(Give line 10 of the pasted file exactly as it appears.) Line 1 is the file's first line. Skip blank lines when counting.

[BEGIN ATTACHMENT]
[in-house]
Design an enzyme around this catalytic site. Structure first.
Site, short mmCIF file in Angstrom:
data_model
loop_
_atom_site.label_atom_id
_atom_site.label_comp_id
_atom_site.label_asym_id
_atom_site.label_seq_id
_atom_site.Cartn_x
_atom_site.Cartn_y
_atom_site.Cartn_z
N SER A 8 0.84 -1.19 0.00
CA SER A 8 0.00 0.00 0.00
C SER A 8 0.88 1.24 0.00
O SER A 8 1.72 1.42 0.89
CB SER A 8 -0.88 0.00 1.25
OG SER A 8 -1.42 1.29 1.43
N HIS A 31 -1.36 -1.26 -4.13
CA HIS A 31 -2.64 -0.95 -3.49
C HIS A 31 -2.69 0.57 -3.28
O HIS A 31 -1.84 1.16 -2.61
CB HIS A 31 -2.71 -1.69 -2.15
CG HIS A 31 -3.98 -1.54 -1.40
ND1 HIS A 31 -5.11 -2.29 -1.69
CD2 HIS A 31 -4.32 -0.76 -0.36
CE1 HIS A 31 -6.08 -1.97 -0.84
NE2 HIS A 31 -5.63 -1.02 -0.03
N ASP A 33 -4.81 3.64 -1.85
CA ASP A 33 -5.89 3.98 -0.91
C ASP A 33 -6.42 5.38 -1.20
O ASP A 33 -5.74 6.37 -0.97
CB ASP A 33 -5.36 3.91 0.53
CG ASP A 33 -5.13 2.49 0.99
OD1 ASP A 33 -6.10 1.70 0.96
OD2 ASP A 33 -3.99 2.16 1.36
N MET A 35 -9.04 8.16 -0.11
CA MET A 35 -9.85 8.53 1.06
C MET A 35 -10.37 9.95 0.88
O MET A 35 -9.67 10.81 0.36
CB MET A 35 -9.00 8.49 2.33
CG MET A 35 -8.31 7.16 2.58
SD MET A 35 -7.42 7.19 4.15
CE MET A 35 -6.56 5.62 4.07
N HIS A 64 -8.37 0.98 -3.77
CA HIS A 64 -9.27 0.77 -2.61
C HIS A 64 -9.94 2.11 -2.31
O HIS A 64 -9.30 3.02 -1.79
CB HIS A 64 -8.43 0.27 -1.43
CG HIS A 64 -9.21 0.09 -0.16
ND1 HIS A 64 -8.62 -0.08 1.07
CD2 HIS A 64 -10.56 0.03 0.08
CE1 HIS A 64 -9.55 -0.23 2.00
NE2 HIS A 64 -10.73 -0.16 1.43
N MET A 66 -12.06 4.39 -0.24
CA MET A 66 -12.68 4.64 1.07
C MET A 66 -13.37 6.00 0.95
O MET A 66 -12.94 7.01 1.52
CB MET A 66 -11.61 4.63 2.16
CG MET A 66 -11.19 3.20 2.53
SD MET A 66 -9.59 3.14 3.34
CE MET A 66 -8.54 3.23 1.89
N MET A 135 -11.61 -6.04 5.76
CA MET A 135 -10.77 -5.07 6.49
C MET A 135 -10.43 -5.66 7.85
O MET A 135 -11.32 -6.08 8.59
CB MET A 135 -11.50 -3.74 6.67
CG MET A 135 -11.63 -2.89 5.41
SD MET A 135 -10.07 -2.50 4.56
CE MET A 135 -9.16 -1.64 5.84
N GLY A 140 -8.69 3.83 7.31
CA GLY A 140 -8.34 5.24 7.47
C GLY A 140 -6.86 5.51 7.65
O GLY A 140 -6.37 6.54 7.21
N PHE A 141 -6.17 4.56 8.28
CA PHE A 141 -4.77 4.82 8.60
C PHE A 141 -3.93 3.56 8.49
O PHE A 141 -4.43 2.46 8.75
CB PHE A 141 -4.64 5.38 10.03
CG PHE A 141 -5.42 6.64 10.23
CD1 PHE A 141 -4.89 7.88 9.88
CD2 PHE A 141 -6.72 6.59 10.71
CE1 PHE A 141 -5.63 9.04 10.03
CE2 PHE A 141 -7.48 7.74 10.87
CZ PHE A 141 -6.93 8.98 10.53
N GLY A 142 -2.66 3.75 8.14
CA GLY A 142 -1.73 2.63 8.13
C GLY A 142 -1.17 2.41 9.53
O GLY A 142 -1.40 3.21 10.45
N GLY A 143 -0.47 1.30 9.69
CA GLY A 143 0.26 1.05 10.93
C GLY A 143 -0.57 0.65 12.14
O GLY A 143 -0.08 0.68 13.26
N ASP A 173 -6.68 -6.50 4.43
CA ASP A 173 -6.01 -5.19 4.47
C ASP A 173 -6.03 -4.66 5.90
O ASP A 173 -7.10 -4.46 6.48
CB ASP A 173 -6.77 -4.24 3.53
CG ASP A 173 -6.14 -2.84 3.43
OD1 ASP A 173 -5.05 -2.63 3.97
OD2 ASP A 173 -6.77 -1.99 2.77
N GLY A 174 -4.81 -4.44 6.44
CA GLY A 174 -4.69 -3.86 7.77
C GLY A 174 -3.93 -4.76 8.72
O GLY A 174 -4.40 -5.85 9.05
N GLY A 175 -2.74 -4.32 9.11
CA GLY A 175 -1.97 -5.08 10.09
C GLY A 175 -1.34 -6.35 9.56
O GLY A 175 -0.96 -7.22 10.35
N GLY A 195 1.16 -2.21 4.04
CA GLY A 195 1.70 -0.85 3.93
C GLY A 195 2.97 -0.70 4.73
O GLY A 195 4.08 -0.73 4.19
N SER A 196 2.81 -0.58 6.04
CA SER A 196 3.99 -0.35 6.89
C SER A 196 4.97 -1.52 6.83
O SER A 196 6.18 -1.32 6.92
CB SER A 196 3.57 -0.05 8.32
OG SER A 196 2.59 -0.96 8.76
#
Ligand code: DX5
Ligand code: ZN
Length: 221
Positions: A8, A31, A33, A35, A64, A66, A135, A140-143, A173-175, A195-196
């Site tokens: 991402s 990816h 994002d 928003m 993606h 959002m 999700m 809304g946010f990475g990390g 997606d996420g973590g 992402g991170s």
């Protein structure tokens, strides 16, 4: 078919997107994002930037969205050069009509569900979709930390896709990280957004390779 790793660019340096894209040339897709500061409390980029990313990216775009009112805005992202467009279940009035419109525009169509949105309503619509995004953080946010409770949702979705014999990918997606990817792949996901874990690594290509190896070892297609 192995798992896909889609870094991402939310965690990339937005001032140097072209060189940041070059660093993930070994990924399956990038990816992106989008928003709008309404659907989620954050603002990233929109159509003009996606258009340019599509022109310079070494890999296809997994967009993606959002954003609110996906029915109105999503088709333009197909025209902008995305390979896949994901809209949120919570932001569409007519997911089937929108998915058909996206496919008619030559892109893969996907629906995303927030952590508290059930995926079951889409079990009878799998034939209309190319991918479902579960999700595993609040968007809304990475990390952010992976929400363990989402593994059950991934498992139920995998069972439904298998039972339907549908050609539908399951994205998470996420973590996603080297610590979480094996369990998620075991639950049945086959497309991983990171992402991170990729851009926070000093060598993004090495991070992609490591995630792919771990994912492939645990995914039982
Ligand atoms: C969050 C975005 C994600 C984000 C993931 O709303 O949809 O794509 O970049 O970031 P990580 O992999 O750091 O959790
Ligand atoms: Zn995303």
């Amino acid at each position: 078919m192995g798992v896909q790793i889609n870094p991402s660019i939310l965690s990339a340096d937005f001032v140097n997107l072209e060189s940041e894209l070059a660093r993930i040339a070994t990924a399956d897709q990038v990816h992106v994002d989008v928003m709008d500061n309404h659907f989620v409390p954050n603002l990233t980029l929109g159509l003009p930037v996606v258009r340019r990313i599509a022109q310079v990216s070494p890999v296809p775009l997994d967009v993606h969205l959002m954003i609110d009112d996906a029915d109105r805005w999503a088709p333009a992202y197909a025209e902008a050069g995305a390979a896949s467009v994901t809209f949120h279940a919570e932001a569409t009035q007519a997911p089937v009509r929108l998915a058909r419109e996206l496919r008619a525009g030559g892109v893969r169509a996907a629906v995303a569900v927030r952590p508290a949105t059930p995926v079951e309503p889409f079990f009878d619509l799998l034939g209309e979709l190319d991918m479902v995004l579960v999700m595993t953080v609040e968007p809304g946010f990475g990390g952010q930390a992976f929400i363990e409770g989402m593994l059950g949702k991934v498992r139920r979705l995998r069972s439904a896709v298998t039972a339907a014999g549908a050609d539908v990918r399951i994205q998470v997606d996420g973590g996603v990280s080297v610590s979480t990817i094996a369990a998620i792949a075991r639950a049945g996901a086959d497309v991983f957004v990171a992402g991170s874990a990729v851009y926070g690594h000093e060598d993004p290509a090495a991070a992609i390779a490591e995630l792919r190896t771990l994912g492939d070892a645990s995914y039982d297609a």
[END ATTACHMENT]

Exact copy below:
_atom_site.Cartn_x